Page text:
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  16. RainbowSingularity Valued Senior Member

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    Robots have no free will
    they have only programed pre event choices based on known data variables.
    there is no random process to their compliance to exist inside the perimeters they are designed to follow.

    only humans and other animals have the ability to display sadism while also displaying empathy and emotional relationships.

    ethics and morals to robots are just dictatorship commands programmed in by a person who is displaying their own set of values of
    sado-masachism & empathy paradigms.
     
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  17. TheFrogger Valued Senior Member

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    Ethics is based upon mirroring. Murder is illegal because the victim cannot murder the criminal back (because they are dead.) It seems to me that robots are capable of mirroring behaviour and are therefore capable of learning ethics.

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  18. Seattle Valued Senior Member

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    I'm not sure what the question really is? Is it "can robots learn right from wrong" or is it, "do you think this is a good idea"?

    Maybe it's both. I think AI is a long way from worrying about ethics and morality.

    If you program them to make certain decisions under certain circumstances, that is what they'll do. There will need to be test data to evaluate before setting them loose on the public. If they increase safety then it's a good idea.

    Are seat belts a good idea? If they save some lives, reduce injuries and don't create a lot of injuries, it's a good idea. Using a robot in those limited circumstances is no different.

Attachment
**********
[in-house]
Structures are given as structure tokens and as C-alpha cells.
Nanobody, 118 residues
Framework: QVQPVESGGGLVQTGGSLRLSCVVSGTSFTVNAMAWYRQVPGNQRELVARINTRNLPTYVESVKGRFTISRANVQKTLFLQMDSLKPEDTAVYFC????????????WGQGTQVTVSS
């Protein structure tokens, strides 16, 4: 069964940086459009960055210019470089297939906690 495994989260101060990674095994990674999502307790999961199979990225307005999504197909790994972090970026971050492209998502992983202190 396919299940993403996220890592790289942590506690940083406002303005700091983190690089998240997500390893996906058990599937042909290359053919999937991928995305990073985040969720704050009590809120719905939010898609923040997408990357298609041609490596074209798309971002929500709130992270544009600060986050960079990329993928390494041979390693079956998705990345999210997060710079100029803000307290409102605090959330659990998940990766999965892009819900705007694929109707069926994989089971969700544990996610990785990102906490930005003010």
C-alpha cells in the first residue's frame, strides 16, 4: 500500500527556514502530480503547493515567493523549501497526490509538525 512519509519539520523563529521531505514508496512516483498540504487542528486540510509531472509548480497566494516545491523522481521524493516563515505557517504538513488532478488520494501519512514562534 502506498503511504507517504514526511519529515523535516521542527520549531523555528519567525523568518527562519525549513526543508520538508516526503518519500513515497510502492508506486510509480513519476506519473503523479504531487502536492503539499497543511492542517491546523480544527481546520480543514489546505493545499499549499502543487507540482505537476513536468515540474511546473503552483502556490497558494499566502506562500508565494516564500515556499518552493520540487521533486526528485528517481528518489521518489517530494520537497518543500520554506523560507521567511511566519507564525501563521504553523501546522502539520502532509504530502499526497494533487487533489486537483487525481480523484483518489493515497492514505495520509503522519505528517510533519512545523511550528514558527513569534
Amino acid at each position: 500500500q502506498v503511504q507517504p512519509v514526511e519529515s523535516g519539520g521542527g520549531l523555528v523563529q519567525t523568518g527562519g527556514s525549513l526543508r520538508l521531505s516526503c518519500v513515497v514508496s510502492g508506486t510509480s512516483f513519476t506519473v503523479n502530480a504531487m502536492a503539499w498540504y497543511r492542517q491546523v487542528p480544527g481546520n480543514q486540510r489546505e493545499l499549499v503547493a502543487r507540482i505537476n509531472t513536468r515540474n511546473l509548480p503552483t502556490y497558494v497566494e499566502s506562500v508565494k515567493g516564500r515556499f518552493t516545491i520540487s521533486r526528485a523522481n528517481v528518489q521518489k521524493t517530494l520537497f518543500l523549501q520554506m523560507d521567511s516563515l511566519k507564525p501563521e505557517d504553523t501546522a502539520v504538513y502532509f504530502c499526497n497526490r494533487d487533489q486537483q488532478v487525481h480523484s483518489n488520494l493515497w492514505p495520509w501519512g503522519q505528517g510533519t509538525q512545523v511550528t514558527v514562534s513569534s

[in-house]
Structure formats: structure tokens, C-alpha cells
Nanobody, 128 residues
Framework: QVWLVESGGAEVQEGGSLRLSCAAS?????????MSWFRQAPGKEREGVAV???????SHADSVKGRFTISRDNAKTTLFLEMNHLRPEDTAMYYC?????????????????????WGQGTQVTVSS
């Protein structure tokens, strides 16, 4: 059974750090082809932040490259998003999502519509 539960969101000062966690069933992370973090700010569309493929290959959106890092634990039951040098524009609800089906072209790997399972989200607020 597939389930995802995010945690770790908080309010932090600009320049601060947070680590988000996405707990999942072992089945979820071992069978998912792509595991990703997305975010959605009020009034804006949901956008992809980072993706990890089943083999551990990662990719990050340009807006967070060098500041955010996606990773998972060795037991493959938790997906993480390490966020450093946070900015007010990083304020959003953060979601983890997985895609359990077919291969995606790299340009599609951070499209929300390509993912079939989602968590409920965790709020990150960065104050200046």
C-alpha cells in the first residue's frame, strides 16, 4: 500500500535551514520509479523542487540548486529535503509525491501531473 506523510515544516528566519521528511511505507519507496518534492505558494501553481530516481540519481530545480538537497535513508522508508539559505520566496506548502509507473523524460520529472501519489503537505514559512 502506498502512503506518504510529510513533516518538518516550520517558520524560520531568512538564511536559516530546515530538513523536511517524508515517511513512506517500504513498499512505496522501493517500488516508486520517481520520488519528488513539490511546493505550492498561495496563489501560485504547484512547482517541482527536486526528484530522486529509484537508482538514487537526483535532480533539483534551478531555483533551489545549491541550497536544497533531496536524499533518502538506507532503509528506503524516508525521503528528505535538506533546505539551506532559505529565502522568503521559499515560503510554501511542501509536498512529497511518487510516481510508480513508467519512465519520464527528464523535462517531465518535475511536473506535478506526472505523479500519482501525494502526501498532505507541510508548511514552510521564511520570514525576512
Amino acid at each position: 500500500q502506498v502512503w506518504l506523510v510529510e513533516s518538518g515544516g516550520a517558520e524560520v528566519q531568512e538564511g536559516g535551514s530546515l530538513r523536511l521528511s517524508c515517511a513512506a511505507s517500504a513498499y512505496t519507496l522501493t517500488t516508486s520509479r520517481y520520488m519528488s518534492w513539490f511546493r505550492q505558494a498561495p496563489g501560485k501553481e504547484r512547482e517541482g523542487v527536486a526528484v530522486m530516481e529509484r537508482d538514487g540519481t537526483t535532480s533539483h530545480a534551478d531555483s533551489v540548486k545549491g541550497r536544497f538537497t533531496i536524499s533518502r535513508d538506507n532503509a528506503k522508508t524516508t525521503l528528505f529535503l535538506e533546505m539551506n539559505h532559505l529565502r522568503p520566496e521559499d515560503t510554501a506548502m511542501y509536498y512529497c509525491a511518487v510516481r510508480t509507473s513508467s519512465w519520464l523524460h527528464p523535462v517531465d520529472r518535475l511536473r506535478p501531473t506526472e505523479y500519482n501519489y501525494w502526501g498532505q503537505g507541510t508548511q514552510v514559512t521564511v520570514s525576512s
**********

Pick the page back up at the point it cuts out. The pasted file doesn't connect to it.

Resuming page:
Why do I feel that I'm always bursting your bubble?

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  19. TheFrogger Valued Senior Member

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    What of euthanasia machines that release killer chemicals at a random moment? These machines are designed to kill.
     
  20. Michael 345 New year. PRESENT is 69 years old Valued Senior Member

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    How do you think the two tragic 747 MAX accidents should be considered?

    I read it as not entirely testing of the computer program at the extremes during the program development plus worse taking control away from the pilot in concert with not giving pilot training on the new system

    We will fix the problem of the shifting centre of balance, which trends to make the aircraft pitch up, and cause a stall, by instructing the computer to pitch down

    But in what seems a excess pitch down NO MATTER WHAT. Nothing in this program had a line which if activated, oh the pitch up is because the HUMAN is operating the controls, I WILL LET THE HUMAN FLY THE PLANE